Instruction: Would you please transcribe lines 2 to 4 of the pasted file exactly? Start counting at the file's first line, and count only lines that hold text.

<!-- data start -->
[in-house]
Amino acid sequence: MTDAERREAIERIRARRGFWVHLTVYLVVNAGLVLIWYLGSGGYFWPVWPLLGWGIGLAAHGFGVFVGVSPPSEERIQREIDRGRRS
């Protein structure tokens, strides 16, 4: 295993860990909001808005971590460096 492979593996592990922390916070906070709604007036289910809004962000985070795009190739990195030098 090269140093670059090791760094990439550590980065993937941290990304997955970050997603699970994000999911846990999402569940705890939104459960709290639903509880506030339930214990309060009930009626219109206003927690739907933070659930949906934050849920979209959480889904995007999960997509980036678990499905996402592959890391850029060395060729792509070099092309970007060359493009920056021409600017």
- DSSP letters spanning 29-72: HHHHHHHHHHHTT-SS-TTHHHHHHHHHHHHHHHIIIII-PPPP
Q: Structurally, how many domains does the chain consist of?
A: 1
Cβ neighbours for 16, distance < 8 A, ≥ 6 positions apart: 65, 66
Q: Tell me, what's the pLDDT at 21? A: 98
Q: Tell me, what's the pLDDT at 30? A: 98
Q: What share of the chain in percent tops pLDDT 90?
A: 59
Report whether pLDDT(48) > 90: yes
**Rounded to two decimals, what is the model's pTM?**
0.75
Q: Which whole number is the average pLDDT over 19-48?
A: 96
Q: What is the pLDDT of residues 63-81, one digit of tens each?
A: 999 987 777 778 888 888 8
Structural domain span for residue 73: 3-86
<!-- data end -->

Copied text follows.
Amino acid sequence: MTDAERREAIERIRARRGFWVHLTVYLVVNAGLVLIWYLGSGGYFWPVWPLLGWGIGLAAHGFGVFVGVSPPSEERIQREIDRGRRS
């Protein structure tokens, strides 16, 4: 295993860990909001808005971590460096 492979593996592990922390916070906070709604007036289910809004962000985070795009190739990195030098 090269140093670059090791760094990439550590980065993937941290990304997955970050997603699970994000999911846990999402569940705890939104459960709290639903509880506030339930214990309060009930009626219109206003927690739907933070659930949906934050849920979209959480889904995007999960997509980036678990499905996402592959890391850029060395060729792509070099092309970007060359493009920056021409600017």
- DSSP letters spanning 29-72: HHHHHHHHHHHTT-SS-TTHHHHHHHHHHHHHHHIIIII-PPPP